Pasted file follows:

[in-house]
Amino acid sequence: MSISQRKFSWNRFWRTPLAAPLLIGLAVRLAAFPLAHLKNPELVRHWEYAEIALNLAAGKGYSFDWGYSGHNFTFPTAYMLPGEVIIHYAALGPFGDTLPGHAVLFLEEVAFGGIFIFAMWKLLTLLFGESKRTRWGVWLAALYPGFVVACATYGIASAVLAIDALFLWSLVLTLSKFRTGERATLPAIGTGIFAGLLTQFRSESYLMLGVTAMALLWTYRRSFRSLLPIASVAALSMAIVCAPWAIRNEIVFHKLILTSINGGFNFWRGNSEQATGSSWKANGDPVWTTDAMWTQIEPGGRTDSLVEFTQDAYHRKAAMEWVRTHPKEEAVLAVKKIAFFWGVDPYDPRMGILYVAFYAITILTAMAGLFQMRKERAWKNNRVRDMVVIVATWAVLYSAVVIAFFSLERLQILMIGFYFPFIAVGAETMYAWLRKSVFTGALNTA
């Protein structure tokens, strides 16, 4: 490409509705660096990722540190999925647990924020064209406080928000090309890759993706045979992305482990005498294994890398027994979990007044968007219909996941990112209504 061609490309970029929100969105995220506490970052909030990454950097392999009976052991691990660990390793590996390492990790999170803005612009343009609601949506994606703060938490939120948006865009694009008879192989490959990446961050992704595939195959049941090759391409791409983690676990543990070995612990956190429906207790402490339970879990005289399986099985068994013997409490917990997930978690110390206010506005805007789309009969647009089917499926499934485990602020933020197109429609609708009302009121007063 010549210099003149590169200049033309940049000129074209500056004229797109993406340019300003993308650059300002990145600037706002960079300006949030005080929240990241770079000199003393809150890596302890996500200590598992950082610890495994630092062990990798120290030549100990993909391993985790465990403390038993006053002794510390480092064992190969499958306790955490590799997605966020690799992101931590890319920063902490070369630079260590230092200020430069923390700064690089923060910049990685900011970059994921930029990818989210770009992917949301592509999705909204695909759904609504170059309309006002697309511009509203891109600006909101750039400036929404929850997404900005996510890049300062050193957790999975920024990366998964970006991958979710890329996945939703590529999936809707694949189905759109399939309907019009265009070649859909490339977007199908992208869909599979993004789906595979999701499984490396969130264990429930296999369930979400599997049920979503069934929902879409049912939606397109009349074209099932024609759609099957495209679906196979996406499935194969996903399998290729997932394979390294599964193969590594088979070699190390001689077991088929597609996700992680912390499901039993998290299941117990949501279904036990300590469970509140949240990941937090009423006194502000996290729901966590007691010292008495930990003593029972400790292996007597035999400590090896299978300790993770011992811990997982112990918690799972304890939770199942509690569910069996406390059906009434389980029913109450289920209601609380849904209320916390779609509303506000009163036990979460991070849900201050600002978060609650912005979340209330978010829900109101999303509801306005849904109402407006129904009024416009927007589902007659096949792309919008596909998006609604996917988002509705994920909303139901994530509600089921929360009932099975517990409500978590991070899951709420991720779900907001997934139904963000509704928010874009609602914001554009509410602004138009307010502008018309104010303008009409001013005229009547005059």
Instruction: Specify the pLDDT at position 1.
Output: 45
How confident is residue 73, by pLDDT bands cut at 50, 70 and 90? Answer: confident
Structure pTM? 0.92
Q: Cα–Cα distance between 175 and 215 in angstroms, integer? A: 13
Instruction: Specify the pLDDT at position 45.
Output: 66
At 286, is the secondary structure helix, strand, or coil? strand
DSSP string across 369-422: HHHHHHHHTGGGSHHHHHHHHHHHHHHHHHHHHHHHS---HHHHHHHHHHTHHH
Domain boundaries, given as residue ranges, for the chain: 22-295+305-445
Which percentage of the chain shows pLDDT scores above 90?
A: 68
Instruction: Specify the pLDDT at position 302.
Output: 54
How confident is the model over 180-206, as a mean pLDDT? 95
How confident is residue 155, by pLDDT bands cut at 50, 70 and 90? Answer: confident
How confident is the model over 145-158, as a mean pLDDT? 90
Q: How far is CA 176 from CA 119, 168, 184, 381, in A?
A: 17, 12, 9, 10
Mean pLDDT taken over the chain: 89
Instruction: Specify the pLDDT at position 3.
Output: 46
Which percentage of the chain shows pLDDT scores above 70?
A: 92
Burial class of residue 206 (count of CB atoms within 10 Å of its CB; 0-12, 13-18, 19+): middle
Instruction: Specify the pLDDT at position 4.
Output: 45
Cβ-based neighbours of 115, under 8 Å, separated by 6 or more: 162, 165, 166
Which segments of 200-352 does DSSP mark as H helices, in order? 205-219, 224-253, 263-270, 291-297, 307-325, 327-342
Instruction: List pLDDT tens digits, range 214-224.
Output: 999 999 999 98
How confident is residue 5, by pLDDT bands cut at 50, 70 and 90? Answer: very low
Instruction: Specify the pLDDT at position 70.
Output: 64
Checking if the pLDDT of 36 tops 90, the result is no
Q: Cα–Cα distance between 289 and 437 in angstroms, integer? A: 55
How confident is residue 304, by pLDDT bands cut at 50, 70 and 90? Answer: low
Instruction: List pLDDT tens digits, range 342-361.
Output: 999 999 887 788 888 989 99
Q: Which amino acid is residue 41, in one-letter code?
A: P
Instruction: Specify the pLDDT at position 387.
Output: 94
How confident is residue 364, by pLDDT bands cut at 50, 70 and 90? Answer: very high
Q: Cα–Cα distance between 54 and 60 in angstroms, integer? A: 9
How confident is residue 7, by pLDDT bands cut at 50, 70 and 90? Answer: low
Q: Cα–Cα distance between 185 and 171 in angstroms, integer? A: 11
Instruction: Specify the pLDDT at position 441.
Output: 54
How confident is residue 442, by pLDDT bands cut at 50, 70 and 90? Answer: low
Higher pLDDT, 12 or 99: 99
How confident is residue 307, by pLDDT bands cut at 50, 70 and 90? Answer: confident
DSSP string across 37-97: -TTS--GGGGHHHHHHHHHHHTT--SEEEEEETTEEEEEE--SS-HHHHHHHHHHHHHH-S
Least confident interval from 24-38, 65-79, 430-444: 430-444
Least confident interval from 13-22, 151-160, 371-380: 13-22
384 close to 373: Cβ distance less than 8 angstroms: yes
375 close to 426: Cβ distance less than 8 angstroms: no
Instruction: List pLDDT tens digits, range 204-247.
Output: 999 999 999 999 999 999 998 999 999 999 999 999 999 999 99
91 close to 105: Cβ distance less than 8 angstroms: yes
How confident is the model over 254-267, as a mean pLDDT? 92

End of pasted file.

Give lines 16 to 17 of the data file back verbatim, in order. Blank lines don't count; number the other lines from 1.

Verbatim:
Instruction: Specify the pLDDT at position 302.
Output: 54